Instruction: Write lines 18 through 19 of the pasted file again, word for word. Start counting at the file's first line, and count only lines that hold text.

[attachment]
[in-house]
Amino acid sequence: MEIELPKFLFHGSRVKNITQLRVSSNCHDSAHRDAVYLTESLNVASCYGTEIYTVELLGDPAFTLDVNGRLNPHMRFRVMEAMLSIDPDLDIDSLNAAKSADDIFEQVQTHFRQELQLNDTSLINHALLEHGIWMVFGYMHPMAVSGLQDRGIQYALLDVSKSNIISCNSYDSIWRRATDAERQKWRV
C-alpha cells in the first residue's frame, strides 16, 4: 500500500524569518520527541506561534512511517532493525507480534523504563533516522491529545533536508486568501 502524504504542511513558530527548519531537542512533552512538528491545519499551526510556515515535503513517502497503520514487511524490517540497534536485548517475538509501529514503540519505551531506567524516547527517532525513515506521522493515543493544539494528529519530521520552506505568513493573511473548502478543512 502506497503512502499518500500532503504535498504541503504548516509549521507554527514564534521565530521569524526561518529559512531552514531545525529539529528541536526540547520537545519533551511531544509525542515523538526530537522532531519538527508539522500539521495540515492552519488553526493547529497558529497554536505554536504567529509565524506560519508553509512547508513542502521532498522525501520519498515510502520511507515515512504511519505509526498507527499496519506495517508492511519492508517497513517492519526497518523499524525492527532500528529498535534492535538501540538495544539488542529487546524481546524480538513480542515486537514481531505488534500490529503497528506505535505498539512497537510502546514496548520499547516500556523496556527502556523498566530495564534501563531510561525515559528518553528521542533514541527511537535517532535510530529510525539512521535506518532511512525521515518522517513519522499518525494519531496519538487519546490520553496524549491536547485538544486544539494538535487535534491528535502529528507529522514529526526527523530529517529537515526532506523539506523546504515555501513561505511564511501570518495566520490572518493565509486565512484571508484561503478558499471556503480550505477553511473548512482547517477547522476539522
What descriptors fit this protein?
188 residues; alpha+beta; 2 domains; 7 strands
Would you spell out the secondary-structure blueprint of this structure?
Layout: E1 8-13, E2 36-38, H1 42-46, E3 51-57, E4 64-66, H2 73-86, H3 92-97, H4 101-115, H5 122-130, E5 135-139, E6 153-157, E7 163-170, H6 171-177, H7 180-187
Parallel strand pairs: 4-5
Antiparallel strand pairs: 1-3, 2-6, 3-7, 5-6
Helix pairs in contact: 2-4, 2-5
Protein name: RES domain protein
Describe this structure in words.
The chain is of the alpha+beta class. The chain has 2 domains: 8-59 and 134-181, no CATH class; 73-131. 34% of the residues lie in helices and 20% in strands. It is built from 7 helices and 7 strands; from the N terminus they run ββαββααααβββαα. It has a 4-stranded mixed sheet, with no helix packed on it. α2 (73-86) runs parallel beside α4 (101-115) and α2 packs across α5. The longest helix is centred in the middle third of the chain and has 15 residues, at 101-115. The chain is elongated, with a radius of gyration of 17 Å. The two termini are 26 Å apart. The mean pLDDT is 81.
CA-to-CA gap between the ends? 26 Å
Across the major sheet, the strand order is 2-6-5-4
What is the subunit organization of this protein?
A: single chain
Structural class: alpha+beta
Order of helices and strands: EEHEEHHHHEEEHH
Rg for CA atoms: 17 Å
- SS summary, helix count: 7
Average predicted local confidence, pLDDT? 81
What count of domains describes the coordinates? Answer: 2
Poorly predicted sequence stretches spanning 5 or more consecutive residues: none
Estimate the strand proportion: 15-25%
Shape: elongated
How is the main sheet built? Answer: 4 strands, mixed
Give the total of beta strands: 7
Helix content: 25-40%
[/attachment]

Structural class: alpha+beta
Order of helices and strands: EEHEEHHHHEEEHH